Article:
It’s fairly obvious that I’m a passionate (lunatic? irrational?) Red Sox fan, and baseball is by far my favorite of our major sports. That said, the calendar’s got 12 months, and I’m also an unrepentant sports fiend, seeking vicarious competitive fixes in all corners of the athletic universe. On the gridiron, I root for the Washington Redskins, having moved into the National Capital area as Joe Gibbs’ squad awakened regional passions by claiming the franchise’s first Super Bowl championship in 1983. And while my level of interest in the Burgundy and Gold has waned since my younger days, a combination of reduced daily exposure to my like-minded friends, competing personal priorities (annoyances such as wives, kids, and work do tend to distract), and, frankly, the Red Sox’ ascendance pushing the ‘Skins further and further down my list of priorities, I still consider myself a fan. The Boston Celtics can’t lay claim to even that any more.
Oh, and there’s one other minor reason for this increasing apathy towards my NFL mistress, chronicled in high dudgeon by our friends at Jerry’s Wheelhouse. Redskins owner Daniel Snyder has systematically eroded my love for the team through his money-first policies towards fans, his fantasy-football roster stylings, and his megalomaniacal insistence on involving himself in nearly all facets of the team’s football operations. This month’s coaching traveshamockery is but the latest evidence of Little Danny Starfucker’s abuses.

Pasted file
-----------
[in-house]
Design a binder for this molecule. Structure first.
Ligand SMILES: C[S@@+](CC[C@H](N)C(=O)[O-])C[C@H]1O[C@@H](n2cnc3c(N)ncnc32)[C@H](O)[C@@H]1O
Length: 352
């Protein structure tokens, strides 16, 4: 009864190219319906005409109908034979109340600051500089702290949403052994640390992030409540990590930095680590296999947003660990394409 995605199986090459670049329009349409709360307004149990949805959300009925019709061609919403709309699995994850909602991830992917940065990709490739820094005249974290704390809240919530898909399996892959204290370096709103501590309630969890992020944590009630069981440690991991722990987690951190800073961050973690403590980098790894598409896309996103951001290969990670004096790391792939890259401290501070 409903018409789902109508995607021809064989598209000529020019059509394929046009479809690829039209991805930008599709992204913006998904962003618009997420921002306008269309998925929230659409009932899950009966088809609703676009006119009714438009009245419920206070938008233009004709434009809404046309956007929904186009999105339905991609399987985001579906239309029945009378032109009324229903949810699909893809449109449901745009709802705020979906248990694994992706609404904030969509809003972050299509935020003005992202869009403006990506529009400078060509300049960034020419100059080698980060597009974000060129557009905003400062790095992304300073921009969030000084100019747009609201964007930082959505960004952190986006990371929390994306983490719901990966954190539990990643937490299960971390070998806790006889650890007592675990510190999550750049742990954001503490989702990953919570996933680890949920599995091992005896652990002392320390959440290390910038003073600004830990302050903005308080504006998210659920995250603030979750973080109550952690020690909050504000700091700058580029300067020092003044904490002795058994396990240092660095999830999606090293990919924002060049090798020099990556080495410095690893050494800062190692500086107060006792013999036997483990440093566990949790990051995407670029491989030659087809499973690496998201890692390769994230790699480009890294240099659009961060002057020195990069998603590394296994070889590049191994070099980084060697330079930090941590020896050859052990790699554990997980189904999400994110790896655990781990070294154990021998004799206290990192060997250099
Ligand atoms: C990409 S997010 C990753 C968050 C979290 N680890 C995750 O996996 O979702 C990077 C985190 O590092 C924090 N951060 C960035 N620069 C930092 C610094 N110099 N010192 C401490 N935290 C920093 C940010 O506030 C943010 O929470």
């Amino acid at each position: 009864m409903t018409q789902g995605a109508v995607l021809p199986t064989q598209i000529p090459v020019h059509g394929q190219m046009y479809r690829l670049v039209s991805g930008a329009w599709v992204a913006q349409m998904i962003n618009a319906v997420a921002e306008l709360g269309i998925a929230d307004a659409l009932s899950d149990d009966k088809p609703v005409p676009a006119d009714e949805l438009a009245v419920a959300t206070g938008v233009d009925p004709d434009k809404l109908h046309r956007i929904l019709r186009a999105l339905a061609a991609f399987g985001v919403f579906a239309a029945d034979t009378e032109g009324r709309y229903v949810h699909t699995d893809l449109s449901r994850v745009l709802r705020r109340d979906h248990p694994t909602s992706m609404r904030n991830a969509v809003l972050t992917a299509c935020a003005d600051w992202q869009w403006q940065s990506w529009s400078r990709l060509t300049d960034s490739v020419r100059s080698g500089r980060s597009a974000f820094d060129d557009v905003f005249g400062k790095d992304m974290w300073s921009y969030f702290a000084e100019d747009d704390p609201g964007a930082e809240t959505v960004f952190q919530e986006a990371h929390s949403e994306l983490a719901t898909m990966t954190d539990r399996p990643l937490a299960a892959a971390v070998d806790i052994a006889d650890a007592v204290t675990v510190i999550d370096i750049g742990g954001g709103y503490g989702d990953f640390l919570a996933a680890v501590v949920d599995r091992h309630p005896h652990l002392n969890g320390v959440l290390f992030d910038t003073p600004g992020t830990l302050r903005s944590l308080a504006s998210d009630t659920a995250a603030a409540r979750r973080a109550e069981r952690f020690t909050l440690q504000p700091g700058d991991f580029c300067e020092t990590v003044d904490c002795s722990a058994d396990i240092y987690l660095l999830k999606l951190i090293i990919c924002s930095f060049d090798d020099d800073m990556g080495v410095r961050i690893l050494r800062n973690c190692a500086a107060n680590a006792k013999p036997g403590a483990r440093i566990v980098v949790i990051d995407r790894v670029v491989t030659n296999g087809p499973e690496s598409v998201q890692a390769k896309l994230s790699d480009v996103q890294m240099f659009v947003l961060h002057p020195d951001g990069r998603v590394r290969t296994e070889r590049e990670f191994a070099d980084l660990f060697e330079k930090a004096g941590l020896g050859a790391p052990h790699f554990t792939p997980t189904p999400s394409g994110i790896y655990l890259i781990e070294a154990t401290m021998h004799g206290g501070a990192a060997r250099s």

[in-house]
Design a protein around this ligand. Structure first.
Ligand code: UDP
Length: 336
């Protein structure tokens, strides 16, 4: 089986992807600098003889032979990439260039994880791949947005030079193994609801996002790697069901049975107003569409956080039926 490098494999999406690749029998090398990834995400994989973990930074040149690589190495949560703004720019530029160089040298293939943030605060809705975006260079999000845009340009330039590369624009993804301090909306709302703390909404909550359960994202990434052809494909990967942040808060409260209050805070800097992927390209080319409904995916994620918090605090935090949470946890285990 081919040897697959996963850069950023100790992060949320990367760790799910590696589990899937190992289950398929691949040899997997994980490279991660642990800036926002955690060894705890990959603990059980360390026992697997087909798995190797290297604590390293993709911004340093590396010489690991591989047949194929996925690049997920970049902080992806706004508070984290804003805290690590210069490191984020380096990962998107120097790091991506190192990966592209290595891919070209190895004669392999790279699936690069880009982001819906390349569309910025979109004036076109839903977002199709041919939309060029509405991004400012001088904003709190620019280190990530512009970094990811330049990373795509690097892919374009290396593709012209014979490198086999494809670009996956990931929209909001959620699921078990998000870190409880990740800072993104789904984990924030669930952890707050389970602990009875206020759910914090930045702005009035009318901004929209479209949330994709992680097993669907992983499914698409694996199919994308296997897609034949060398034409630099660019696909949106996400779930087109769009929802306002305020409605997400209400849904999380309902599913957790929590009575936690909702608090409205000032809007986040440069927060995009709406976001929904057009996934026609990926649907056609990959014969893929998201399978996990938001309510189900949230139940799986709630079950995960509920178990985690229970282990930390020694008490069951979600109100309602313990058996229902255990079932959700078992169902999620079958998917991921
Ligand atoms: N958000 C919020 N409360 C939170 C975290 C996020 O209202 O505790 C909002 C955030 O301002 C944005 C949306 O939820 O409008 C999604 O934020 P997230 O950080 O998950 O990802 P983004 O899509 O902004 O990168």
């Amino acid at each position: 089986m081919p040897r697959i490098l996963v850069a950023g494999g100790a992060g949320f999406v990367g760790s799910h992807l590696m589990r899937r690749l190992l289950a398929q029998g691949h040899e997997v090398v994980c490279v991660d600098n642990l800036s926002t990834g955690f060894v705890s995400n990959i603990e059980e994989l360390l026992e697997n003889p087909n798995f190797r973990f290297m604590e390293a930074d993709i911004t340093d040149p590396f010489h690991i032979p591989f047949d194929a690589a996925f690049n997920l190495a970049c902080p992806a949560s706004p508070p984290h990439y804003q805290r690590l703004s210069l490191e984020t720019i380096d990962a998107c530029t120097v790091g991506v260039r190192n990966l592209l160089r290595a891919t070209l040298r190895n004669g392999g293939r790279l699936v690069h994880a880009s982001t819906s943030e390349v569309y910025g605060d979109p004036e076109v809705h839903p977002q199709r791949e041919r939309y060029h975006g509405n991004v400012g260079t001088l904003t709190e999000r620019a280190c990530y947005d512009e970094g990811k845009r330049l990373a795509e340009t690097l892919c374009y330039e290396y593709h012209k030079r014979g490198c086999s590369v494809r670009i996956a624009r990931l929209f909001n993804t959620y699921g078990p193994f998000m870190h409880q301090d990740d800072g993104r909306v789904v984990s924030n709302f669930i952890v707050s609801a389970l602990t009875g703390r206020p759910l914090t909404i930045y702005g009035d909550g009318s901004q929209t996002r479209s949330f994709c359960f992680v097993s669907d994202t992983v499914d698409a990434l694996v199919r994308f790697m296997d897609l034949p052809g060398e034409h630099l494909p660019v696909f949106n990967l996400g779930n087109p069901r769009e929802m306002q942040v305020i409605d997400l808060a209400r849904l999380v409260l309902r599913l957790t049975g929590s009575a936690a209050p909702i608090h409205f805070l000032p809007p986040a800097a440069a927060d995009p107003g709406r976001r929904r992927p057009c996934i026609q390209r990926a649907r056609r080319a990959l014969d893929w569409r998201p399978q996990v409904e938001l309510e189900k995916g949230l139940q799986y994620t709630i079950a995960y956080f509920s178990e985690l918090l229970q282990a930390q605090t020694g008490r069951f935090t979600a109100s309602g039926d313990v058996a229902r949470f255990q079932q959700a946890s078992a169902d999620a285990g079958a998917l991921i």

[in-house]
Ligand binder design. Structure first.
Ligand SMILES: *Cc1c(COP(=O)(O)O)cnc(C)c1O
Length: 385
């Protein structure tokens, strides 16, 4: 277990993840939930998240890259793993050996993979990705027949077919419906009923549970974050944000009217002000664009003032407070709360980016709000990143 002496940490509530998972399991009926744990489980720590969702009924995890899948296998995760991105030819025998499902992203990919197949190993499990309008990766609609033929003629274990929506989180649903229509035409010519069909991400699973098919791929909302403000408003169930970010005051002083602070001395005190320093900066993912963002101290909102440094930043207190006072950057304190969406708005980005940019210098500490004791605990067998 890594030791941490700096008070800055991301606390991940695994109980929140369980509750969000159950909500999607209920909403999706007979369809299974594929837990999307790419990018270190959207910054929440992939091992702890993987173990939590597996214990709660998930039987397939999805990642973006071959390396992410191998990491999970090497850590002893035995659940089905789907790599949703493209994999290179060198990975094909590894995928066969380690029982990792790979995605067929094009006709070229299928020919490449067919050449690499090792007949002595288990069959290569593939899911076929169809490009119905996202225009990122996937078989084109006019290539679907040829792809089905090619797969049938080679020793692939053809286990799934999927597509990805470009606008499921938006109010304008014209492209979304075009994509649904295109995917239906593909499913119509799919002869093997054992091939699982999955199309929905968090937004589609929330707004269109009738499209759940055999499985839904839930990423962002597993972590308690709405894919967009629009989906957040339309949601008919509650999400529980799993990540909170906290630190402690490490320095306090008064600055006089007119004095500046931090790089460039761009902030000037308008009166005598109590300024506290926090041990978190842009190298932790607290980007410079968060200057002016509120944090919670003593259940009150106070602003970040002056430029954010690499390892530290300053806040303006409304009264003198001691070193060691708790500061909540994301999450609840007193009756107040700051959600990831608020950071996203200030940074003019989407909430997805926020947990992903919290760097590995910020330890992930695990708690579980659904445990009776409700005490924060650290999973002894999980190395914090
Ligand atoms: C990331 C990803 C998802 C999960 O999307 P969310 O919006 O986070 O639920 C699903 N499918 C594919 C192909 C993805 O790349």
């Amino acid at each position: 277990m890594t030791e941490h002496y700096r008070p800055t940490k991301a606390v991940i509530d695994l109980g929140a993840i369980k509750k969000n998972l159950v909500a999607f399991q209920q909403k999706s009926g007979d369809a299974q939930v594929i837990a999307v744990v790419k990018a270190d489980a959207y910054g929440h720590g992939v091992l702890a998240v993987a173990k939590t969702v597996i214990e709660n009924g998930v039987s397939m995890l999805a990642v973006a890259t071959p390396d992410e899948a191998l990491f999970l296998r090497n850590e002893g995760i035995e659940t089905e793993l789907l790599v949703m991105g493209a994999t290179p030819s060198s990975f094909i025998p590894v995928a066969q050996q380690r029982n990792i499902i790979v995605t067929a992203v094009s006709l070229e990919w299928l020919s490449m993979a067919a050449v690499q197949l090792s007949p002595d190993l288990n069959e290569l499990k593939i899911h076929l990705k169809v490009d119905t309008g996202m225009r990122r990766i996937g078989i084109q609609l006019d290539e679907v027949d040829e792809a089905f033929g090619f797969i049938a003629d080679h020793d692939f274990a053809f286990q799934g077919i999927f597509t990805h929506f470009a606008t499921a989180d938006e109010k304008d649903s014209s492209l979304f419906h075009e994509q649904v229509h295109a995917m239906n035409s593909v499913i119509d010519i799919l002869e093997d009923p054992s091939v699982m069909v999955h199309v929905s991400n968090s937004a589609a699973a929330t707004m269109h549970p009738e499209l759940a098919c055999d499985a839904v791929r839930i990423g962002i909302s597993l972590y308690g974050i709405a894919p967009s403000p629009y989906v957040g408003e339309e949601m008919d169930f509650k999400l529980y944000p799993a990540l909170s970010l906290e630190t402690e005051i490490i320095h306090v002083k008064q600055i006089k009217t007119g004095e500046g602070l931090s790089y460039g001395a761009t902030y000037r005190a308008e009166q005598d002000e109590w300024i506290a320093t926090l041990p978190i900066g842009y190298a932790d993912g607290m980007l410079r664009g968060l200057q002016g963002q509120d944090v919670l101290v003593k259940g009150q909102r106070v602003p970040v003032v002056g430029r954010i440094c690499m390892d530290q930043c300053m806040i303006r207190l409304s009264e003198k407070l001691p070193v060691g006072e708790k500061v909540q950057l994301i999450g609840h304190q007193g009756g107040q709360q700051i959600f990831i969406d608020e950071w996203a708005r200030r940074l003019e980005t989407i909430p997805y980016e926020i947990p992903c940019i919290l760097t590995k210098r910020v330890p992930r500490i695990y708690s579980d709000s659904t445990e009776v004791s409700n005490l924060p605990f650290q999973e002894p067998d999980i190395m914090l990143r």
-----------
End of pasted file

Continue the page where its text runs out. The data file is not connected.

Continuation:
It occurs to me that my tolerance for Snyder’s wanton incompetence would be greater but for the fact that I’m a Sox fan. The differences between John Henry’s organization and that of Snyder are so stark as to be polar in their distance. I’ve had the unique and distinct pleasure of watching my favorite baseball club become a standard-bearer for organizational excellence, using deep pockets to fuel an extraordinarily disciplined and focused pursuit of every advantage. In the meantime, my football team has used similarly deep pockets to fuck up in every way possible, overspending on players, gleefully milking money from fans, and creating discontinuity as an organizational strategy. The camel’s back has been broken, the final straw shredded, the Rubicon crossed. I’m done with the Redskins, at least while Snyder remains in control – and he’s a very young man.
So I’d like to extend my heartfelt thanks to Theo Epstein and his staff for helping me through this difficult period. Breaking up is never easy, but I think the Redskins and I will both be better off. At least I’m certain that I will, and, at the end of the day, that’s all that really matters.